Took me about 20 minutes to settle into this, because it feels so removed from what has become Winding-Refn’s identifiable style. Pusher is mostly free of highly composed visual fetishism, instead consisting of high-flying handheld work, reminiscent of Sam Fuller’s Street of No Return in its free flowing whip pans.
Once I got over my initial confusion, however, I was able to see Pusher‘s place in the Refn canon. Like Bronson, Drive, and Only God Forgives, Pusher is concerned with self-destryctive masculinity and the ways criminality feeds this psychosis. Where his later films are obsessed with the big showdowns and explosions, however, Pusher is about the mundanity. It finds power by slowly, ever so slowly, turning the screw, one minuscule moment after another, shrug upon shrug gradually hurting its closed-off protagonist.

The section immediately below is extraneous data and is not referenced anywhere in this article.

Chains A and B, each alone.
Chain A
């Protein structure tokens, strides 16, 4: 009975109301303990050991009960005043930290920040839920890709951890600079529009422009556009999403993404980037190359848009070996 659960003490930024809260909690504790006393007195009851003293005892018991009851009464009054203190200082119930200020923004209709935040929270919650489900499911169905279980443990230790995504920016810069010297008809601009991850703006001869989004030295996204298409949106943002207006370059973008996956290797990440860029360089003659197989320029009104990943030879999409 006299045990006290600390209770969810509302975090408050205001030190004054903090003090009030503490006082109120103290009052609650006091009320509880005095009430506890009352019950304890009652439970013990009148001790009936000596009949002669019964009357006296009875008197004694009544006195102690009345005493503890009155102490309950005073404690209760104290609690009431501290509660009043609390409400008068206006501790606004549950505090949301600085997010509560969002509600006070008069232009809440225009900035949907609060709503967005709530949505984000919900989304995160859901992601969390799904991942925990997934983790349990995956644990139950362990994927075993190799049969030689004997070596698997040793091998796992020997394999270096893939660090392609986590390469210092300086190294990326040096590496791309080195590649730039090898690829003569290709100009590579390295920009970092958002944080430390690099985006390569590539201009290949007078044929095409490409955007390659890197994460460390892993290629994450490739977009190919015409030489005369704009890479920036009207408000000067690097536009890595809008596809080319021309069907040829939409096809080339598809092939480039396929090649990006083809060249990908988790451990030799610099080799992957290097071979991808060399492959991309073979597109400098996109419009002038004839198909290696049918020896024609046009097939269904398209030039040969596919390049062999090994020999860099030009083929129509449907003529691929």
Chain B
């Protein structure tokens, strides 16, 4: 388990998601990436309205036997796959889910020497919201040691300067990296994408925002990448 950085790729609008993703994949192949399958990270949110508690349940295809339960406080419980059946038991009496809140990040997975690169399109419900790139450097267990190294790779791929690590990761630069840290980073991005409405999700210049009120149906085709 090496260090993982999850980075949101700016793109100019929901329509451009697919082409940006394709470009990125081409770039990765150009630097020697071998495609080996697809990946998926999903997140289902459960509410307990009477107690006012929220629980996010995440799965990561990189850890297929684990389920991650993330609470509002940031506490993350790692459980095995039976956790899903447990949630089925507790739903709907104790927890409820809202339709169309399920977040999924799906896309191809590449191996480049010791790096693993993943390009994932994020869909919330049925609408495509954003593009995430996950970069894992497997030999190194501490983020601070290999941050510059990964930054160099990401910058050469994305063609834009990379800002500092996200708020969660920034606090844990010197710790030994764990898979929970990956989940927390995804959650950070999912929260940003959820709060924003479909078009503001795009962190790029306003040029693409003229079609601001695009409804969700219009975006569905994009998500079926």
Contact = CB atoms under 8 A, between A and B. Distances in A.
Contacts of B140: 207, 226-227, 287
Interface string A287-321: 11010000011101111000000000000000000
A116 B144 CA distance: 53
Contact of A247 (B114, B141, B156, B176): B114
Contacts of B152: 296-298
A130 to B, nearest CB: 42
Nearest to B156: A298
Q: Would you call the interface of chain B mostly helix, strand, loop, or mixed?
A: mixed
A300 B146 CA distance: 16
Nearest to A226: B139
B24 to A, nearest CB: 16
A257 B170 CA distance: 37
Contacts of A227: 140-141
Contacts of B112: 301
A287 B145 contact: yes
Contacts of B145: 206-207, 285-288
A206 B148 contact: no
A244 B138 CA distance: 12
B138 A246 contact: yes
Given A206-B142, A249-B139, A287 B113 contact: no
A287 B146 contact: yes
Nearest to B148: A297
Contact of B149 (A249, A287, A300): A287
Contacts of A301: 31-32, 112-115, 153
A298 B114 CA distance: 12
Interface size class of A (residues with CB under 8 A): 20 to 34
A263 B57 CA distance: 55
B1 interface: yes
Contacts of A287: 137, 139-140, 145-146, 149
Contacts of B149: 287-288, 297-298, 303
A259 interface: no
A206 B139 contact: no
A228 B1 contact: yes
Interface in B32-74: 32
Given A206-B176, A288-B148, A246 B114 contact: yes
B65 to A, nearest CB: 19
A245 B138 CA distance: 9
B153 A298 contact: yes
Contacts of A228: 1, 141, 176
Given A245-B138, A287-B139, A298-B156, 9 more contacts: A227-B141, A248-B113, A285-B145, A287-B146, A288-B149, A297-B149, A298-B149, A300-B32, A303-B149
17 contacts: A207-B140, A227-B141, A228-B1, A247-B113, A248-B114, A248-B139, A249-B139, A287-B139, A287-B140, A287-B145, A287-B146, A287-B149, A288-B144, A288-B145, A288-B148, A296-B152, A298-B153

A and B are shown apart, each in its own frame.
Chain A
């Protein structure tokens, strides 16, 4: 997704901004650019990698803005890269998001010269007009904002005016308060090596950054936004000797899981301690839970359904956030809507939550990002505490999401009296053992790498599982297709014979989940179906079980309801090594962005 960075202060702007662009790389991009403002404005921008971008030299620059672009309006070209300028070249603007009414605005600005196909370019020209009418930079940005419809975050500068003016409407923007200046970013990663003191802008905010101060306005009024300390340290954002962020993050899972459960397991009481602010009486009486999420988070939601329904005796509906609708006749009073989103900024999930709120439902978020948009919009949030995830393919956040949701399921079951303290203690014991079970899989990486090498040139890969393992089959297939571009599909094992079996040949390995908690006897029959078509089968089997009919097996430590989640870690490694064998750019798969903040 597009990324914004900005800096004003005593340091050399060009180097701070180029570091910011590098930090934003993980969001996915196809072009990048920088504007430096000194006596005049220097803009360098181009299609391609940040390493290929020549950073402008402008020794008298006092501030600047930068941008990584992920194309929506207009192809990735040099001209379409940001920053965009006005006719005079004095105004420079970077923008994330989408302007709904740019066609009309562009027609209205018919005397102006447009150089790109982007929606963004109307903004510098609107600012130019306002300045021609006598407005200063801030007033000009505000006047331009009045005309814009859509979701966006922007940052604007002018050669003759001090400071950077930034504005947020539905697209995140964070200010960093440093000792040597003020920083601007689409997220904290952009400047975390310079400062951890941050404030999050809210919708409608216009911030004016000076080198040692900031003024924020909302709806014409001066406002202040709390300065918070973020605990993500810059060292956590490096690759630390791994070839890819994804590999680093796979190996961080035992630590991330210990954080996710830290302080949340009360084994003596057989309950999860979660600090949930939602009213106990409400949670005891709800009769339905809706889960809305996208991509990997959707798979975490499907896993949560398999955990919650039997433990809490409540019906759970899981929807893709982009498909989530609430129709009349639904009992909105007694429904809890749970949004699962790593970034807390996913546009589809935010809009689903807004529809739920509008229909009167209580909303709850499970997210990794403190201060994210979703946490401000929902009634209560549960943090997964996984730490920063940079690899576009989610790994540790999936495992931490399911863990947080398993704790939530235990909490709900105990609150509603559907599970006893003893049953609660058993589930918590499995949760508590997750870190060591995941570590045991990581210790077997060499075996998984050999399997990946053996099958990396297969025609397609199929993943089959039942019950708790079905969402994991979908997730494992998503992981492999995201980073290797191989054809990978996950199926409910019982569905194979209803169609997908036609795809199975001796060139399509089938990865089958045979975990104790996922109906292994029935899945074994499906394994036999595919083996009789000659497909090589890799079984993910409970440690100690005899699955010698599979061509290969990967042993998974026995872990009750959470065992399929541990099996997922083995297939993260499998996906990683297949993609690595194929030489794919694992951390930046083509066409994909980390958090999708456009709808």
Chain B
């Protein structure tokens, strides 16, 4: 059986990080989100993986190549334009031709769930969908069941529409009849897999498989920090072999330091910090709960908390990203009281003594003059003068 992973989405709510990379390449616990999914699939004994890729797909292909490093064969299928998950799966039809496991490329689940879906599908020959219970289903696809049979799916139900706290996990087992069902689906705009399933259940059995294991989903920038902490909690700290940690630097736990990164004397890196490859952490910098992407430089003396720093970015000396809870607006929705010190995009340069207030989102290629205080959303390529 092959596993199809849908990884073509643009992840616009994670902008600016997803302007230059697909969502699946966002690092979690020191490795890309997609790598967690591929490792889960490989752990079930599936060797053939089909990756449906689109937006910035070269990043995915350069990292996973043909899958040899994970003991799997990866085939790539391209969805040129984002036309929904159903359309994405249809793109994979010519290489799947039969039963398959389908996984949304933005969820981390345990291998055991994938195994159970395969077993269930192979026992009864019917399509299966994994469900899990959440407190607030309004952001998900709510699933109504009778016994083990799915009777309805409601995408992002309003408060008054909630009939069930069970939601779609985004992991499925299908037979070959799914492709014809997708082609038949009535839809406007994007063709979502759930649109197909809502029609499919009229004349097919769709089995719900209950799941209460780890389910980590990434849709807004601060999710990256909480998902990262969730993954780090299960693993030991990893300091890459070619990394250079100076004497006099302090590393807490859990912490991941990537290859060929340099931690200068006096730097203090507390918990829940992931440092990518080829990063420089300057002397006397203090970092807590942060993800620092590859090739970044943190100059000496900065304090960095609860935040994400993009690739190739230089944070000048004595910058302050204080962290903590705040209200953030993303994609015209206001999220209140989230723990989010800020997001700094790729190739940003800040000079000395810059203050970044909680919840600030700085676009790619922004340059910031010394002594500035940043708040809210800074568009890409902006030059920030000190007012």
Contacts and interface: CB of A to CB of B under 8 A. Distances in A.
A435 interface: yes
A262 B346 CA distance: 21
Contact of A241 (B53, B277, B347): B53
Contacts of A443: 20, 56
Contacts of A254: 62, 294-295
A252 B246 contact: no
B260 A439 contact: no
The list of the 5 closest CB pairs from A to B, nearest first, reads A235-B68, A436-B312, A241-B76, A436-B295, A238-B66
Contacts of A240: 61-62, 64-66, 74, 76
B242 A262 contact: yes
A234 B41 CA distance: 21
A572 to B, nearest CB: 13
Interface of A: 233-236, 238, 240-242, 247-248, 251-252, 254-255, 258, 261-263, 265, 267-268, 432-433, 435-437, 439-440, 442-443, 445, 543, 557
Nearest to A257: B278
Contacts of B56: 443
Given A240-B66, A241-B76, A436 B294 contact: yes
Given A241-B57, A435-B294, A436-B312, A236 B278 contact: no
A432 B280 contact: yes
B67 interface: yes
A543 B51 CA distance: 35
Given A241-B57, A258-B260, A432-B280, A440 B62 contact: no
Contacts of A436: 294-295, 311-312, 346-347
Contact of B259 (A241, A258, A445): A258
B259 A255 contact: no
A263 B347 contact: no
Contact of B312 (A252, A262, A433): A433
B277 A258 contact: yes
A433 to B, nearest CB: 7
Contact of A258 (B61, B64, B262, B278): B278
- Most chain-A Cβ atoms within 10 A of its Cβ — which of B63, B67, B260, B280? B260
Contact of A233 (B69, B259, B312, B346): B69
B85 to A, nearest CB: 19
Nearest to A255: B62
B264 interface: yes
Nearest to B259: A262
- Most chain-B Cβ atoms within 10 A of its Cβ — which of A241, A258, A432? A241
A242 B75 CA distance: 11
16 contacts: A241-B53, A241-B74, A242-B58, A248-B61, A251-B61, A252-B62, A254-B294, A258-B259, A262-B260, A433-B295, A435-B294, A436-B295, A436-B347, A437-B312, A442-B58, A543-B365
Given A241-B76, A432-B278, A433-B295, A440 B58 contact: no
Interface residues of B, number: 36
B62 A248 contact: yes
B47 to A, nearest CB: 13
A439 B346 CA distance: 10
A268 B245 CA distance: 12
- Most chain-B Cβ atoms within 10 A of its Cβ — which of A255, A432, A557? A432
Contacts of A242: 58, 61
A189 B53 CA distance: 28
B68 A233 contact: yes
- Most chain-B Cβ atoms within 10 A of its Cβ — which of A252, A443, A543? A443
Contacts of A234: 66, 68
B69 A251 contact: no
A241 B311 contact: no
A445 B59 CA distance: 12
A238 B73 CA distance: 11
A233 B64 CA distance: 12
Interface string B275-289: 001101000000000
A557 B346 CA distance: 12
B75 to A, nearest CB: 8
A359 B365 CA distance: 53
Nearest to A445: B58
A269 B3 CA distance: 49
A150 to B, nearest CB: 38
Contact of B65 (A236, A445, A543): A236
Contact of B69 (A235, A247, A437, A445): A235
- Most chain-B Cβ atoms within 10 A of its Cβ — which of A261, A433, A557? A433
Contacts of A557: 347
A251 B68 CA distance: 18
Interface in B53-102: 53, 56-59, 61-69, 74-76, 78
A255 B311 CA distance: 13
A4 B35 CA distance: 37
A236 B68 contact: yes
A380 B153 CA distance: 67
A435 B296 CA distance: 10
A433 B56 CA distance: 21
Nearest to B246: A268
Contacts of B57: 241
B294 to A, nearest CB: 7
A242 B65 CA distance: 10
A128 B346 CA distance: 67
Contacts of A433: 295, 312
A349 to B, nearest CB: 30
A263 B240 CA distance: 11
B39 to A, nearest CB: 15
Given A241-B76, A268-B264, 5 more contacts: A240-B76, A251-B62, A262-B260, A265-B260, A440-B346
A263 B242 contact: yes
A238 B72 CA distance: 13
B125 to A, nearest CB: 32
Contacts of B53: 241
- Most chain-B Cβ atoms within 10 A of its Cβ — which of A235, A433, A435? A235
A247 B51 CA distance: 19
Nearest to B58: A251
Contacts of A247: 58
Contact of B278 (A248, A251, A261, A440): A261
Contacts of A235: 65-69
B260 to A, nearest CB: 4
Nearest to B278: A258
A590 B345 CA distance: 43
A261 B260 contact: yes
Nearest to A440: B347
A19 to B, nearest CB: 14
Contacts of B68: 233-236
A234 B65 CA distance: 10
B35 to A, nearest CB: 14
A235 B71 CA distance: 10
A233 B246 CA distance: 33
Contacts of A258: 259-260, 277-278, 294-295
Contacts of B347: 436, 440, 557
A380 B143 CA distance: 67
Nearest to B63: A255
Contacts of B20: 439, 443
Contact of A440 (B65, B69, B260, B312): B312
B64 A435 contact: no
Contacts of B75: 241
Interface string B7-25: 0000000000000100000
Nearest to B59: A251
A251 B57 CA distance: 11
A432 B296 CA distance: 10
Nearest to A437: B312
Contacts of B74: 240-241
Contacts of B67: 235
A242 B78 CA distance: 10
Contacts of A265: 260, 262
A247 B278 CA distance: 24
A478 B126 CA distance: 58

The Killing of a Banal Bookie, almost.
Shout out to a young Mads Mikkelsen, who spends most of his screen time bragging about his cock.